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Six kinds of people you see at museums

Navigating the museum experience by judging people rather than art.

Natasha Kwek
Natasha Kwek

Published: 22 June 2015, 1:59 PM

The following is a subconscious discourse that most of us share in visiting museums. We turn our culturally choreographed contemplation away from still paintings and art pieces and lay them on the living. Here are the six kinds of people you see at museums; we all know someone like that, or are perhaps guilty of some of these traits ourselves.

1. The #ootd people

#ootd #nationalgallerysingapore
Photo credit: Instagram.com/Mintoak

Armed with DSLRs, you would think these people visited museums to snap shots of historical artifacts or whatever strikes a chord in them. But instead of checking out the cabinet of curiosities, these people are more absorbed in their personal wardrobe. Their motivation for visiting the museum? Instagram. In essence, they are #NotThereForArt. Then again, they do have an appreciation for architecture and symmetry, so all is forgiven.

2. The pretentious art snob 

Paul the snob from midnight in Paris
Photo credit: Thewrap.com

Poised, with hands behind their backs as they inspect an art piece, these insufferable know-it-alls walk on air, thinking they deserve to be at the museum more than others. Besides shielding themselves with garlic against anyone whose vocabulary consists of “nice” and “awesome”, another tell tale sign of a snob includes unnecessary hand gestures when attempting to impress other museum goers. Every second with them is torturous and you resign to a constant nodding of your head to their academic vomit just to appease them.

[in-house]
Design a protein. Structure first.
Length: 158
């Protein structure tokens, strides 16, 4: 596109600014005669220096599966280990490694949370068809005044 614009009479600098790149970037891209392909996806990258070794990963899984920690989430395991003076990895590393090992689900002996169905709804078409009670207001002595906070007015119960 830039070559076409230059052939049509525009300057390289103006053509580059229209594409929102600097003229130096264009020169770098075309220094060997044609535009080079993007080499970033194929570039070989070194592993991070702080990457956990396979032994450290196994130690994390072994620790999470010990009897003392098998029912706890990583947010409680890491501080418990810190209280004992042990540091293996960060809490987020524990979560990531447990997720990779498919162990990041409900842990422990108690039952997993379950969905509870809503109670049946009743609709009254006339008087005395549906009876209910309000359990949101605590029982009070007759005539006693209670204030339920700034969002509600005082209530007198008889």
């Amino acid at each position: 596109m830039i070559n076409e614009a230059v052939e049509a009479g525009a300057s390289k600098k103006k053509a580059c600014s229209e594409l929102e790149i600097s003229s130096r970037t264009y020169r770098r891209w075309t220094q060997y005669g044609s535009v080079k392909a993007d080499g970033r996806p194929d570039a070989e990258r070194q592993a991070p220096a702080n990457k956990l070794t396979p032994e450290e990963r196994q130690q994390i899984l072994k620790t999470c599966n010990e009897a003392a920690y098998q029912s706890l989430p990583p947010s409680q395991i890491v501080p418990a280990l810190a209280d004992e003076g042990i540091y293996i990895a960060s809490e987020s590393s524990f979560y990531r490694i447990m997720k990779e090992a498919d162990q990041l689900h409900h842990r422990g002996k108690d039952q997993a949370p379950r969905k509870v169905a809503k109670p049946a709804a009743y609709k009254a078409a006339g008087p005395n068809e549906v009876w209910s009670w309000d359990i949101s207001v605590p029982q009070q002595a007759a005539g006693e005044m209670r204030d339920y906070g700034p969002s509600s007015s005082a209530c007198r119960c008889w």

3. The freeloader

Take a break? More like a nap
Photo credit: Daydreamtourist.com

Sometimes the velvet cushions and soft leather chairs just call out to you. Additionally, many museums in the world grant free admission, so why not use this opportunity to spend a day indoors with air conditioning? The one place that freeloaders will not be seen at though, is the museum cafe that serves $15 sandwiches and $6 iced mochas.

4. The hogger

You know you want to pull a regina george on that hogger
Photo credit: Sayitwithgifs.tumblr.com

Oblivious to their surroundings, the hoggers are perhaps the most selfish breed of our species. They spend eternity standing one foot from the exhibit, giving you a grand display of their ginormous head. They either have a lack of EQ (emotional quotient), or find satisfaction in blocking another person’s view. Without a doubt, they are the most silently hated group of museum goers. They are also the reason why misanthropy exists.

5. The only-there-for-the-gift-shop people

In the hopes of someone noticing your tentative devotion to art, you pick up a monstrous monograph of Eugene Delacroix, maybe Bonaparte, perhaps even Van Gogh, at the museum gift shop. You know you will not read it, but fantasise about the compliments others give you about how cultured you are when they see it on your coffee table, perfectly polished. In the end, you settle for a couple of postcards. They cost a fraction of the monograph anyway. You could put that money you saved to better use, like on that pair of sneakers from Urban Outfitters. They would warrant compliments too.

6. The paparazzi  

Art for Instagram’s sake
Photo credit: Dailymail.co.uk
All eyes on Mona Lisa
Photo credit: NYTimes

It is rather hard to observe a timeless masterpiece with museum goers snapping away at ‘Mona Lisa’; trying to get the best angle, one without glare from the protective glass, finally acing a shot that does not have a bobbing head in the corner. Of course, there are certain art pieces that are undeniably more precious and thus popular, so there is a need for proof to brag to your friends that you have seen it. Who has time for ‘The Wedding Feast at Cana’, hanging on its lonesome opposite ‘Mona Lisa’ at the Louvre anyway?

The next time you step into a museum, be conscious of why and how you are visiting the place. Your motivations and attitudes ground not only your experience, but the experience of others’ as well.


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